But a part of this means that patients with orphan diseases have to be constantly concerned about the fiscal implications of the drugs designed for their diseases; we are conditioned to believe that companies – companies that will eventually profit; executives will oftentimes get multimillion dollar bonuses – are doing us an altruistic favor for developing drugs for us. If a drug can be successful for the community, we have to be worried it will benefit the shareholders. A drug could literally be life-changing for a subset of people with CF – as better modulators are developed for patients with rare CF mutations, the subset can theoretically become as small as less than 1% of the CF community – but since it isn't profitable, it may never reach those patients.

Let me make another point: I work in a lab sponsored by the CF Foundation; I work closely with people at the CF Foundation; I work with reps from pharmaceutical companies; I know people that work for insurers and providers. I am not demonizing the people that work in this industry; in fact, these people are why I'm so passionate about science, medicine, and better healthcare. There are great people at every level in this current framework; unfortunately, the bad actors can easily exploit the current framework to profit and perpetuate existing social, cultural, and economic issues, and oftentimes, I don't believe that the genuine selflessness of some will outweigh the greed of the few. (This is probably a jaded perspective, but being fully optimistic is probably the wrong mindset to take when approaching an issue like this.)

I believe we are currently working within a framework that exploits the people it's intended to protect: the patients. I also believe that free market principles will not solve the ailment that is our current healthcare crisis. Allowing healthcare to be approached like every industry disregards the reality that it is fundamentally different than every other industry; in fact, even calling it an industry (definition "c" from Merriam-Webster of industrya distinct group of productive or profit-making enterprises) is an inherently self-defeating exercise; it is literally calling parts of the healthcare system "profit-making enterprises," meaning patients are fundamentally necessary for profit. I suppose there is a school of thought that believes it is okay to allow all pillars of healthcare to be for-profit; I, for one, do not subscribe to that belief as being the best healthcare system for all peoples.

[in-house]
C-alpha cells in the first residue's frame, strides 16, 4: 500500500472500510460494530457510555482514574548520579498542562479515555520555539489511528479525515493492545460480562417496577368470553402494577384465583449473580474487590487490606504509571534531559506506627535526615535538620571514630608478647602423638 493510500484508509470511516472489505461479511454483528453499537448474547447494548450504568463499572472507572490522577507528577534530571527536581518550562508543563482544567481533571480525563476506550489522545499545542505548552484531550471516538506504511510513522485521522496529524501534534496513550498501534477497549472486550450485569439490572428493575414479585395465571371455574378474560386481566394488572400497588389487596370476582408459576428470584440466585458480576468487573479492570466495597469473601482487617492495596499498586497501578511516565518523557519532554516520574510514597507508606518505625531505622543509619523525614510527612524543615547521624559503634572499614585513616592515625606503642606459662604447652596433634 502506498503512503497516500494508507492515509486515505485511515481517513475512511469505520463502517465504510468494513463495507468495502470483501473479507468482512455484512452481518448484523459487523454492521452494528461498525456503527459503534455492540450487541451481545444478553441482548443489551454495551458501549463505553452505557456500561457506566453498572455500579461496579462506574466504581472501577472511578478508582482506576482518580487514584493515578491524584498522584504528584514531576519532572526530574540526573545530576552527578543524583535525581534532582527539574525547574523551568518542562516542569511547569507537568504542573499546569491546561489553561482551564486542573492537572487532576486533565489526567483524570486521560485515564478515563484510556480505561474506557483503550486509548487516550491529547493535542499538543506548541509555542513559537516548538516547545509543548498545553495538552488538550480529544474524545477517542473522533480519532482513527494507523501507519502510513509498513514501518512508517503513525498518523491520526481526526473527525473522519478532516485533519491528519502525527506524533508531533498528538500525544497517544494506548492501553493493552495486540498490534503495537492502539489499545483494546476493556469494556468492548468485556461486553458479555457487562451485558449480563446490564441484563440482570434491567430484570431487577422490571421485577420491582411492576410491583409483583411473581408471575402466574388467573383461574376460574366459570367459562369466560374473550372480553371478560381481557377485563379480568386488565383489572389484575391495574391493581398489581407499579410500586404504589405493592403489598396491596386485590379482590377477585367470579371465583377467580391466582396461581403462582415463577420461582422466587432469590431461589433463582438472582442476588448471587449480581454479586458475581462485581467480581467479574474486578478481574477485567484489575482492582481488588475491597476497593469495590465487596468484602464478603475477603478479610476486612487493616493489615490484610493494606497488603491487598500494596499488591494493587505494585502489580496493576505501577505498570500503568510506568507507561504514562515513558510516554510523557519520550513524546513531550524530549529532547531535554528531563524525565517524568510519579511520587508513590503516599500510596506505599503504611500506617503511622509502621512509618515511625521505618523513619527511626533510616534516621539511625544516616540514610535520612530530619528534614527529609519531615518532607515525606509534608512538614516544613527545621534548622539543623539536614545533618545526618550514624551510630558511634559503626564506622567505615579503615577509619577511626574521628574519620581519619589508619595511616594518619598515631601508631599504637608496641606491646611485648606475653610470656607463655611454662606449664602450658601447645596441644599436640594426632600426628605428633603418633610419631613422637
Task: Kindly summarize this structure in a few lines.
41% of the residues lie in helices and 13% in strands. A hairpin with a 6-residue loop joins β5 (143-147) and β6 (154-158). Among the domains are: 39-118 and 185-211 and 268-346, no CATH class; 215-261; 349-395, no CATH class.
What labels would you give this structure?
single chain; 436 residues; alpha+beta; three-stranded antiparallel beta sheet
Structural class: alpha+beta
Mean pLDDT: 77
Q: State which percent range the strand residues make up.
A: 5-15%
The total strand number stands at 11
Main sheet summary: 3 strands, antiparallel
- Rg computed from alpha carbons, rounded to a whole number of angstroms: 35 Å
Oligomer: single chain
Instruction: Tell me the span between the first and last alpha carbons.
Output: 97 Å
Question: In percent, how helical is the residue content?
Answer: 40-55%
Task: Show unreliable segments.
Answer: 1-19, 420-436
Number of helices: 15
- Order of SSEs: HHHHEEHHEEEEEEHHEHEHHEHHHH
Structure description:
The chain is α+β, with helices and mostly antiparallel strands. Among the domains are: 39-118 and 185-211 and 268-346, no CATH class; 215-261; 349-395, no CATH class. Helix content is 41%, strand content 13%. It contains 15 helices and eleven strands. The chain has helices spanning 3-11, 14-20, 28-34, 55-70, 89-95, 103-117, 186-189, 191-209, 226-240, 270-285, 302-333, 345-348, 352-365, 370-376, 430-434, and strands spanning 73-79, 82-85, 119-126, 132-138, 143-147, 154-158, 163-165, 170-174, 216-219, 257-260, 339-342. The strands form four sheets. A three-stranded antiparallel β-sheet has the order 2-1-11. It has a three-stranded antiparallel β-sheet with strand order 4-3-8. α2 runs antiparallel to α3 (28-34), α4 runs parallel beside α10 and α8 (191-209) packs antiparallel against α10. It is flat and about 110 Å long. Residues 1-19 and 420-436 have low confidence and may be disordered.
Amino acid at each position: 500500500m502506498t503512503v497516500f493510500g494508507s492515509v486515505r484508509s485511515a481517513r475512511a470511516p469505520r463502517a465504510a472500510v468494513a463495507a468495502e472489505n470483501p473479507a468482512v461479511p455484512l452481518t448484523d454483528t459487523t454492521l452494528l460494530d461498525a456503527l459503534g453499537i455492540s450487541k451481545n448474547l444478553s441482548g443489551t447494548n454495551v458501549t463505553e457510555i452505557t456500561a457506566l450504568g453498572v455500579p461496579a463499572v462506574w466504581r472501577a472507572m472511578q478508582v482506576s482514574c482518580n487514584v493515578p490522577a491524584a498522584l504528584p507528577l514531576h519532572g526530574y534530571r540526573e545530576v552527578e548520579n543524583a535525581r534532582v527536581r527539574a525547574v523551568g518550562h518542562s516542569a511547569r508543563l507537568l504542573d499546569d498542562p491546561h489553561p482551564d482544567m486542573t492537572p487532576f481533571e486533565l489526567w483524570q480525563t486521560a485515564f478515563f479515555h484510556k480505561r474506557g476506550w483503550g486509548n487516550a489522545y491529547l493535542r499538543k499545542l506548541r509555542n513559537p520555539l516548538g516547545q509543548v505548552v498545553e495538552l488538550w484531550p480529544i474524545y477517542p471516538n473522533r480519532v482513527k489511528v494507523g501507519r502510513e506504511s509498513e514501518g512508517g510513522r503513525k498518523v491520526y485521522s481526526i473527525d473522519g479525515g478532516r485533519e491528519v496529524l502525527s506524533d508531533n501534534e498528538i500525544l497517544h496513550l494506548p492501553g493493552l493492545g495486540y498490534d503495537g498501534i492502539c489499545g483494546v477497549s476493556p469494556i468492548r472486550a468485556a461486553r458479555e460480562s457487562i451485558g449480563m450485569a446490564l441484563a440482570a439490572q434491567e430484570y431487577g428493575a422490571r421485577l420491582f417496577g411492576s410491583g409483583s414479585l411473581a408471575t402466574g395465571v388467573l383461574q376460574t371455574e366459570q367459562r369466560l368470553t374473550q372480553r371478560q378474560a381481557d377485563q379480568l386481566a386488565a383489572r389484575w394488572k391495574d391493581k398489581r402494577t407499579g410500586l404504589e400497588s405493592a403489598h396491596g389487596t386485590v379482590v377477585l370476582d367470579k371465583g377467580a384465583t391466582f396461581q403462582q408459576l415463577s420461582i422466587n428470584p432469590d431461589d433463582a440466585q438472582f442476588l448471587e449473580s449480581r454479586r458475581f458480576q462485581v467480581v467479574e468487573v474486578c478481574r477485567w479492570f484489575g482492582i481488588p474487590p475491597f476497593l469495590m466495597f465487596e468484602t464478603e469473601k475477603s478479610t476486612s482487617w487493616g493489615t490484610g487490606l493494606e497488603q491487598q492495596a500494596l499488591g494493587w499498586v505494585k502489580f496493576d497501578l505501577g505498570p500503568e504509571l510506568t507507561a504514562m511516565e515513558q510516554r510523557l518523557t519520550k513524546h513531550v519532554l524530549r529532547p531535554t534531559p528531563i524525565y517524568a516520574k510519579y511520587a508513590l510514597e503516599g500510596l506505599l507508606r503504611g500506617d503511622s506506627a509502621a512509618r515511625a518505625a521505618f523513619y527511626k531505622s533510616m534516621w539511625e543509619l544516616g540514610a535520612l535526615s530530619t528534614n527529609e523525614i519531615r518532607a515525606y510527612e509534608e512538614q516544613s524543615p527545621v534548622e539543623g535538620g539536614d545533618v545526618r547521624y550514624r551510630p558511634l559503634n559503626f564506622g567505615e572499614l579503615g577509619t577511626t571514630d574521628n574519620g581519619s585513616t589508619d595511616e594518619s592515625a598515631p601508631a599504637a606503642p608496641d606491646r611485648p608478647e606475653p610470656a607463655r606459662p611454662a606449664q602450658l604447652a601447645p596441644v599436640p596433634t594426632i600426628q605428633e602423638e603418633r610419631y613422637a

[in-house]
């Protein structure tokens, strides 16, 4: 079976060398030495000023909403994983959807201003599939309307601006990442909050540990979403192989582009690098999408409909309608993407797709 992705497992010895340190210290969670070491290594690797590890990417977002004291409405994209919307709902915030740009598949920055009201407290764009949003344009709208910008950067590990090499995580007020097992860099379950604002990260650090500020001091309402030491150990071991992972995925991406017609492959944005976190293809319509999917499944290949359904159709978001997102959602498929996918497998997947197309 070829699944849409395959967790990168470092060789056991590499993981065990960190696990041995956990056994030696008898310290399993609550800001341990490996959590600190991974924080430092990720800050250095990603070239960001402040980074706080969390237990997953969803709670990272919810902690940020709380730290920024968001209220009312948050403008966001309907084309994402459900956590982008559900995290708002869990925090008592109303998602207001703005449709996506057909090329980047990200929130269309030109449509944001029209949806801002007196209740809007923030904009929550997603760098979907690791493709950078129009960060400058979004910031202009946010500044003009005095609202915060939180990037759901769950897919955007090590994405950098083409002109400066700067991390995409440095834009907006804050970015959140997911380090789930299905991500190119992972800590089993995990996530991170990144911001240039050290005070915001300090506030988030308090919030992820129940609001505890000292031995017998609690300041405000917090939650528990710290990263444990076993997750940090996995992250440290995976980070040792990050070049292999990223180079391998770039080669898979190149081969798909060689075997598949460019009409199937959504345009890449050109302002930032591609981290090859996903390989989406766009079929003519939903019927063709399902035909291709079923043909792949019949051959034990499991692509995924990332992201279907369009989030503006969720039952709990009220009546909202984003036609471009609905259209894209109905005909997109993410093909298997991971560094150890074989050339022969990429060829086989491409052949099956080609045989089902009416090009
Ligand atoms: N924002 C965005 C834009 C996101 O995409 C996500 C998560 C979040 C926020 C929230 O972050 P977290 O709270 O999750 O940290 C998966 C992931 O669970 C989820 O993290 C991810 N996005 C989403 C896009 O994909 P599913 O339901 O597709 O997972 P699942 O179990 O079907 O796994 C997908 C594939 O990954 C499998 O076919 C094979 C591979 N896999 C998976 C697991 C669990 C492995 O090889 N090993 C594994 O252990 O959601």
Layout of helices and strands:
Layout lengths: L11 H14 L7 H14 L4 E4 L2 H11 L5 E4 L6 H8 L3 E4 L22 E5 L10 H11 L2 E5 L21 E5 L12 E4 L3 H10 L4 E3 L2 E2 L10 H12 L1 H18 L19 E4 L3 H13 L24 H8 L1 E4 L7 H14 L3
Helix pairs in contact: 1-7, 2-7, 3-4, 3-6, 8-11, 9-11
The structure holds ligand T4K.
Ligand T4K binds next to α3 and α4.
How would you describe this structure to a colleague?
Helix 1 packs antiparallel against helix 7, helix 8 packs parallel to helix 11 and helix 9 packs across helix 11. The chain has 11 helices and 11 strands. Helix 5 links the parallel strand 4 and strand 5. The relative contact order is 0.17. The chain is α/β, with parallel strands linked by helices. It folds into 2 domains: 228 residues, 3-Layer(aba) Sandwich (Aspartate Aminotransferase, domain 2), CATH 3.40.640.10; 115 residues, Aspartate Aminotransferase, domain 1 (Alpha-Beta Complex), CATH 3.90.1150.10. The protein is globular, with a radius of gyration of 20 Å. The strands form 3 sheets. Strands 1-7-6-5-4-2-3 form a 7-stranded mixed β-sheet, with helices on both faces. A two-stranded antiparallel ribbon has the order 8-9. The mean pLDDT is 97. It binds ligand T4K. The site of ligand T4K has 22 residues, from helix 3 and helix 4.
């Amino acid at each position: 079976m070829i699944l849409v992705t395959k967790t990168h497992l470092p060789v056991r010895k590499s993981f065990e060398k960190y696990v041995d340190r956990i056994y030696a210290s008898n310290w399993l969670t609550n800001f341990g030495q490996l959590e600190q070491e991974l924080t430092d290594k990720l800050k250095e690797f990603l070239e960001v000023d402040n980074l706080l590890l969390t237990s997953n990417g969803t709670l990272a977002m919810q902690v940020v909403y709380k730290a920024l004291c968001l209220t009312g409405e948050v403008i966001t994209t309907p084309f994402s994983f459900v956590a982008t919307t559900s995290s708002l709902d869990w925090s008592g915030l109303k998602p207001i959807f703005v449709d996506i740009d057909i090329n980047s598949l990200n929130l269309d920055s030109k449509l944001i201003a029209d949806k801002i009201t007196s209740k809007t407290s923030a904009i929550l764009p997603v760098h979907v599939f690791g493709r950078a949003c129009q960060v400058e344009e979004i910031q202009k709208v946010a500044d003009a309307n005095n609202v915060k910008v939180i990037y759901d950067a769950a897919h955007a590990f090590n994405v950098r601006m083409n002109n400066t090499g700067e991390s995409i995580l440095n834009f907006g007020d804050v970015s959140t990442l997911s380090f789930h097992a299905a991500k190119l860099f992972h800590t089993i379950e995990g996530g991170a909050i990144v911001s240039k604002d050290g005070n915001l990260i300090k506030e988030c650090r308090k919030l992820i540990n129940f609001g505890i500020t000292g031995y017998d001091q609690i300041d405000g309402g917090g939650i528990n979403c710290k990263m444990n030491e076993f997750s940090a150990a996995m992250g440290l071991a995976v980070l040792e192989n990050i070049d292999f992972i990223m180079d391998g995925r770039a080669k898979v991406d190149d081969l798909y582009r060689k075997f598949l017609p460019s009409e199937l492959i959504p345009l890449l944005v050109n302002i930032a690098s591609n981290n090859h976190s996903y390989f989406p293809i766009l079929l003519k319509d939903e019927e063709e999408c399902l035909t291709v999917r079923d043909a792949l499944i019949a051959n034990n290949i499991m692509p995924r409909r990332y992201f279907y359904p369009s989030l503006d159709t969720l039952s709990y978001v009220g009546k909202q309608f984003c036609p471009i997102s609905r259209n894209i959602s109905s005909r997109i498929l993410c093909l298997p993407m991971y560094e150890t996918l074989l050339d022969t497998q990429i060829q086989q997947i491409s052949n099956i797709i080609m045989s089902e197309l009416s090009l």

And to those people, I ask: what would you say if you or your child was a commodity to other people? To be completely frank, we're all commodities in this framework; not everybody, however, is so blatantly commodified as those with chronic and/or orphan diseases.

For transparency purposes, I'll admit I have a strong opinion. I admit I can strengthen my thesis with more soundly-stated facts, but to begin to broach a societal (no, healthcare is not plainly a political issue) issue like this, disregarding emotion is fruitless. Emotion matters here simply because humans are affected and to disregard emotion is to disregard their humanity.

I invite you to consider my perspective and to reach out and challenge me. I want there to be disocourse. Part of being a writer means exposing myself and generating discussion. Let's get moving on making our society a better place for everybody.

TL